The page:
Agriculture

“Agriculture involves the cultivation of crops and rearing of livestock.” e following are the main agricultural systems.

Subsistence Agriculture

Subsistence agriculture is one in which the farming areas consume all, or nearly so, of the products locally grown. It can be grouped in two categories—Primitive Subsistence Agriculture and Intensive Subsistence Agriculture.

Primitive Subsistence Agriculture

This is popularly known as shifting agriculture. This is the most primitive form of agriculture which is still practised in some parts of the world, especially in the tropical forests. It represents man’s st attempt to grow food for his subsistence. A small piece of forest land is cleared by felling the trees and cutting the bushes and grasses. These are then burnt as a result of which it is also known as ‘slash and burn’ agriculture. The ash obtained by burning is mixed with soil which increases its fertility. The crops are grown for a few years and the cultivator shift to a new site when the fertility of soil is drastically reduced due to leaching, lack of organic matter and adverse effects of burning the vegetation. That is why it is known as shifting agriculture. It is practised in a two to three years cycle. Sometimes the farmers come back to the abandoned piece of land after 10–1 5 years and grow crops. This is known as ‘bush fallow’ agriculture.

Areas of Shifting Agriculture

Shifting agriculture is mainly practised in three areas:

  • The largest areas of shifting agriculture is in central Africa on both sides of EquatorNorth-eastern part of India comprising the states of Assam, Meghalaya, Manipur, Tripura, Nagaland and Mizoram and South-East Asia
  • Central America and South America

Shifting agriculture is known by different names in different areas.

Name of the area Name  of  shifting
    agriculture
     
1. North-East India Jhuming/Bewar
2. Malaysia Ladang
3. Philippines Chengin/Kaingin
4. Central America and Mexico Milpa
5. Venezuela Konuko
6. Brazil Roka Roca
7. Congo Masole Masole
8. Vietnam Ray
9. Indonesia Humah
10. Myanmar Taungya
11. Sri Lanka Chen

There are two main drawbacks of this agriculture-

  • It is responsible for deforestation and environmental degradation
  • It leads to soil erosion and soil loss

Intensive Subsistence Agriculture

This agriculture is mainly practised in the densely populated regions of monsoon Asia. These areas include China, India, Pakistan, Bangladesh, Countries of South East Asia and Japan. It is of following two types:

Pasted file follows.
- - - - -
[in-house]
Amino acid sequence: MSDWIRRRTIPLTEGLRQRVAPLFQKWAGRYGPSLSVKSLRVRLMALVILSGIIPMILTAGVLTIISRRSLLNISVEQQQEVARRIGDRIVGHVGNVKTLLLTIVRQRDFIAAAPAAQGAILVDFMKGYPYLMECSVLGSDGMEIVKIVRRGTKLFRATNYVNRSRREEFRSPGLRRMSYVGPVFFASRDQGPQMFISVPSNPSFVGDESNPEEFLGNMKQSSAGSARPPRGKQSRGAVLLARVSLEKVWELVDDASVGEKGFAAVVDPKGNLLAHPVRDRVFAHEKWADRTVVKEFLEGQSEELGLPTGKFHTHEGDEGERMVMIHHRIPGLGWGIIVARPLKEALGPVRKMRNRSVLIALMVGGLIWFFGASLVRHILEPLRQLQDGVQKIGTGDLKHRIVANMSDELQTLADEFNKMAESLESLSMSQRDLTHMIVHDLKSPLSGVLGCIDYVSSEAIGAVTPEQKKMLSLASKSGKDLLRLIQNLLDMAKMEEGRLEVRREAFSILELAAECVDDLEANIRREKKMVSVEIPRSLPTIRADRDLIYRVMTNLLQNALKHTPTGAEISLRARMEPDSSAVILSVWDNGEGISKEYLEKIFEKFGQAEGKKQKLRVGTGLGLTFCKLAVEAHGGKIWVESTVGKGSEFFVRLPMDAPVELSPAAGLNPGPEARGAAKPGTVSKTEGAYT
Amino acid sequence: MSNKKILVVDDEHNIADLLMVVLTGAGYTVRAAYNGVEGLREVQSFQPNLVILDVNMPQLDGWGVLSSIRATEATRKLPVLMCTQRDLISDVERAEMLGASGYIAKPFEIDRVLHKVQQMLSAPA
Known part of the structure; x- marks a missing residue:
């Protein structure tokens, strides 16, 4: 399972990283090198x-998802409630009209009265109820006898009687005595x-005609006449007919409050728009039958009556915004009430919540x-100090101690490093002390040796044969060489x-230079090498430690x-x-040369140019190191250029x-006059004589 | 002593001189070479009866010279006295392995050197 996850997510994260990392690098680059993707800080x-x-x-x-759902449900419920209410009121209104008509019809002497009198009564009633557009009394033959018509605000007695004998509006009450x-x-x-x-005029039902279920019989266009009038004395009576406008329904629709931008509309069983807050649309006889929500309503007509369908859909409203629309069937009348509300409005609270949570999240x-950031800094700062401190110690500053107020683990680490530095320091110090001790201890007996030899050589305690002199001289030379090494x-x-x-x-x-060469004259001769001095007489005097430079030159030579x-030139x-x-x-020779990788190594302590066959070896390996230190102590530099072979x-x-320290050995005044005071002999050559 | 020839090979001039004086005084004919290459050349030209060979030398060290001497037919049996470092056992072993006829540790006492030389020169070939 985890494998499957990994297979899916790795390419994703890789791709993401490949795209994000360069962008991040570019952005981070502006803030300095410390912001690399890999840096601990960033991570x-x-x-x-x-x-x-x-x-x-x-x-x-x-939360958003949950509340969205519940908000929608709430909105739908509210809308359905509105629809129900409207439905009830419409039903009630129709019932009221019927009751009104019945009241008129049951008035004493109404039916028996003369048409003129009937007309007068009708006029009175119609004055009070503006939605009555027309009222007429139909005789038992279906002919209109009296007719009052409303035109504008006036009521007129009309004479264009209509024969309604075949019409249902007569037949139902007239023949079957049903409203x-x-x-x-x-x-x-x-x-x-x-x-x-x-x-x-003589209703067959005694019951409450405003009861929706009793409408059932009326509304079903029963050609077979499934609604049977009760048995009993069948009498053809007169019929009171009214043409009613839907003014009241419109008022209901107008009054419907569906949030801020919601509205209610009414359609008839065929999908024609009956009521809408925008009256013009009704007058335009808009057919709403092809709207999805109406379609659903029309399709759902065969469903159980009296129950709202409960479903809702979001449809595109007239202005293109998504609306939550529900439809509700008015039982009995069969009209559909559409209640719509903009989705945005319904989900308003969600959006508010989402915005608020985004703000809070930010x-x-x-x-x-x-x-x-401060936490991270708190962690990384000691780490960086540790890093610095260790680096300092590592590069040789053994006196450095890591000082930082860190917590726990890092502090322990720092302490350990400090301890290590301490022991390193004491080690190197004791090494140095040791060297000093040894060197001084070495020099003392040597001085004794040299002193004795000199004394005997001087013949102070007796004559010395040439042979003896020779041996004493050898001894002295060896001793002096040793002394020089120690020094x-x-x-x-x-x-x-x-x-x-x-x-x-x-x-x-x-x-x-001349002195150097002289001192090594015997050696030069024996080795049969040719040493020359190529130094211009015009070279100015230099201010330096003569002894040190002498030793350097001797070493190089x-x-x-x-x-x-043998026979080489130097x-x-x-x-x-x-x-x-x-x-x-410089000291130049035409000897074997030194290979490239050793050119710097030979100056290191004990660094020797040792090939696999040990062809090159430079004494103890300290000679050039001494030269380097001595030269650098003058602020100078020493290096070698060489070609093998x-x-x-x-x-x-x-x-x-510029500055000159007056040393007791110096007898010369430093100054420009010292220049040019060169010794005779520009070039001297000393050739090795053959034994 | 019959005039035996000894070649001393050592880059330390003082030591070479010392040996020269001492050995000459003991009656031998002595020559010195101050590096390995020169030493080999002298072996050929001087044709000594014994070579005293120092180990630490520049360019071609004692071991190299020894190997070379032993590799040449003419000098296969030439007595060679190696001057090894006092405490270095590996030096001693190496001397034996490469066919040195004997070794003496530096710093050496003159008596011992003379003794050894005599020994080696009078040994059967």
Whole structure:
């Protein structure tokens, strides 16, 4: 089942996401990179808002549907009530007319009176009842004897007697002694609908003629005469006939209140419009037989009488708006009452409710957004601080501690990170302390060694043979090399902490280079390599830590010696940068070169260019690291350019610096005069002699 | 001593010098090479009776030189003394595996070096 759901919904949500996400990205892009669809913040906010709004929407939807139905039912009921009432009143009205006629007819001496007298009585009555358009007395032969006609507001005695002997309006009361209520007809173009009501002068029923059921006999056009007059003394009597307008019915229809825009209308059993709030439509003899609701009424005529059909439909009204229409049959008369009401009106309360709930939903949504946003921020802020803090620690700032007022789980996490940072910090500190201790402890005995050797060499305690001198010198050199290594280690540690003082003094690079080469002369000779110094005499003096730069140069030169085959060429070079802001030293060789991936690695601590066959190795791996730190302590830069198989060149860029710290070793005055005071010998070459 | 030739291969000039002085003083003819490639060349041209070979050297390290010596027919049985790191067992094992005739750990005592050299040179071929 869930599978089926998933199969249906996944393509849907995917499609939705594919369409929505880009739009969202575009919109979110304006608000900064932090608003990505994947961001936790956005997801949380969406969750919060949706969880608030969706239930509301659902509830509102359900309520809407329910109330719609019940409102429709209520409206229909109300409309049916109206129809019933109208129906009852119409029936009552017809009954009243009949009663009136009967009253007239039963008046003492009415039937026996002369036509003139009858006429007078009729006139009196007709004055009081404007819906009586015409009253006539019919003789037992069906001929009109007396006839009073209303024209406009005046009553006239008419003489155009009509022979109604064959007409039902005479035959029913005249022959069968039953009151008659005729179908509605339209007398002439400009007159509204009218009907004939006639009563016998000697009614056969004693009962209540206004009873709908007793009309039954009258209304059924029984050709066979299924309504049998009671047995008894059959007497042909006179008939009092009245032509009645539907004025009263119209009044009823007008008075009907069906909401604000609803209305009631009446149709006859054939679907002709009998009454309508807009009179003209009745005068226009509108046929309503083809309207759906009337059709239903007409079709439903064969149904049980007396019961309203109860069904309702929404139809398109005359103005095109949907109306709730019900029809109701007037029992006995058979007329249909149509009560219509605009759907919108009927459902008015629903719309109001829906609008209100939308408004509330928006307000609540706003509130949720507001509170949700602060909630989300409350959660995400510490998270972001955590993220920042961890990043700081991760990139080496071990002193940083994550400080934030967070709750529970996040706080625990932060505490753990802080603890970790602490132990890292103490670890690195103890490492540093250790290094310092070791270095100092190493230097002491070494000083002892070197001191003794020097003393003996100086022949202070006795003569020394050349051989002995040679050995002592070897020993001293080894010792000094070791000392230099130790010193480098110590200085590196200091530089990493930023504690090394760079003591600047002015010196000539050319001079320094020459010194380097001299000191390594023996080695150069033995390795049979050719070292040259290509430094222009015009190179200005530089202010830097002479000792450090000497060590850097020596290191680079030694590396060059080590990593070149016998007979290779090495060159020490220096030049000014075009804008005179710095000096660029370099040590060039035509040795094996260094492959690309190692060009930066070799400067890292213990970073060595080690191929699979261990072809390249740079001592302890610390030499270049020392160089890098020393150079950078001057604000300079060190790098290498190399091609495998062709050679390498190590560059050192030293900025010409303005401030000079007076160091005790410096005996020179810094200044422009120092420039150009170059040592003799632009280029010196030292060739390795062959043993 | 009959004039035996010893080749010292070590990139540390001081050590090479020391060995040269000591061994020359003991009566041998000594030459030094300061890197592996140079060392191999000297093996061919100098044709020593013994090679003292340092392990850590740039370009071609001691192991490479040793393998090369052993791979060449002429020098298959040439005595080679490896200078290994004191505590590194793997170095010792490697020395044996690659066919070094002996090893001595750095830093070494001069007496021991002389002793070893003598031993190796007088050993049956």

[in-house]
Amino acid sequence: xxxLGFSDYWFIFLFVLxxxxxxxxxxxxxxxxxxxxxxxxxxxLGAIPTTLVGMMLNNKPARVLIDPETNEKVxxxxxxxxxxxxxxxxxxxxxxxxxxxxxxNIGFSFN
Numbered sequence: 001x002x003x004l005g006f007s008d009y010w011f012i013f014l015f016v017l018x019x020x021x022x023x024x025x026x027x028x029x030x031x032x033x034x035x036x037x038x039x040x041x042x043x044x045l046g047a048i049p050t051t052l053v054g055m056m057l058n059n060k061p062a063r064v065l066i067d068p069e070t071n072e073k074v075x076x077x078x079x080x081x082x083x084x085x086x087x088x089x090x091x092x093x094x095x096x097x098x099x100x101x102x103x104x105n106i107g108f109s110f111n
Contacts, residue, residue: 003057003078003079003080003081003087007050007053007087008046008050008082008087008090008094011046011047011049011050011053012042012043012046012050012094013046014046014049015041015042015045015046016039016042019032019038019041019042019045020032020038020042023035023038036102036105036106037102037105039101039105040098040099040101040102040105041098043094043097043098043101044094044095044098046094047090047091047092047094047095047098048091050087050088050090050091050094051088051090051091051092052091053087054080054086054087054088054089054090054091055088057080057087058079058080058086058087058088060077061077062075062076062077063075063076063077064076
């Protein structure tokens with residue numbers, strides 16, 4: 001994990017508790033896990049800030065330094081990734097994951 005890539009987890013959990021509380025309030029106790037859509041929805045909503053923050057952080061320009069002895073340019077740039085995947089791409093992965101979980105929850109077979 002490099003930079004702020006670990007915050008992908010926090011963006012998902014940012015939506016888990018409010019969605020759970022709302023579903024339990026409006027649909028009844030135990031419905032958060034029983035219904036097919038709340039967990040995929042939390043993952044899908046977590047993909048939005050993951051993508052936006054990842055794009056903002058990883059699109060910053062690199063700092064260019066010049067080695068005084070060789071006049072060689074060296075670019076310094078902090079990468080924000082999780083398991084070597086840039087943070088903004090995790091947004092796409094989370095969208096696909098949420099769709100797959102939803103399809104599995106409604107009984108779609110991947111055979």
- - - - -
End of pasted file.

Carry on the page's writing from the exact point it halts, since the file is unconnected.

Intensive Subsistence agriculture dominated by wet paddy cultivation. In this type of agriculture, rice is the most dominant crop. Its chief characteristics are as under:

  • Land holdings are very small due to high density of population.
  • Land is intensively used.
  • Labour is supplied by the farmer and his family members.
  • Most of the agricultural operations are done manually by man and very little machinery is used.
  • Fertility of soil is maintained by using farm manure.
  • Yield per unit area is high but per labour productivity is low.

Intensive subsistence agriculture dominated by crops other than paddy. In this type of agriculture rice is not the dominant crop and in its place other crops like wheat, soyabean, barley and sorghum are grown. This agriculture is practised in those areas where rainfall is not sufficient to encourage the cultivation of rice. Other factors like relief and soil are also not suitable for rice crop. Northern China, northern and western parts of India, Manchuria, North Korea, North Japan etc. are the main areas of this cultivation. Most of the characteristics of this type of agriculture are similar to those dominated by wet paddy except that irrigation is often used.

Plantation Agriculture

The main areas of plantation agriculture are tropical and sub-tropical parts of Asia, Africa, South America and Central America. It is a commercial agriculture in which crops like tea, coffee, cocoa, rubber, cotton, oil palm, sugarcane, bananas and pine apples are grown to be sold in the market. Following are the chief characteristic features of this agriculture.

It was introduced in the tropical lands by Europeans and North Americans primarily in the colonies ruled by them. Estates or plantations are of very large size, sometimes running into thousands of hectares. It requires large capital investment, managerial and technical support and scientific methods of cultivation.

Cheap unskilled labour is supplied by the local people while technical and skilled assistance comes from temperate lands.

Cheap transport is required to link the estates with factories and markets for export of products.

Contribution of Europeans and Americans for the development of plantation agriculture can be judged by the following facts:

  • The French set up cocoa and coffee plantations in West Africa.
  • The British established large tea gardens in India and Sri Lanka, rubber plantations in Malaysia and sugarcane and banana plantations in West Indies.
  • Spanish and Americans set up coconut and sugarcane plantations in Philippines.
  • The Dutch established sugarcane plantation in Indonesia.

Some coffee fazendas (large plantations) in Brazil are still managed by Europeans. Today, ownership of the majority of plantations has passed into the hands of the government or the nationals of the countries concerned.

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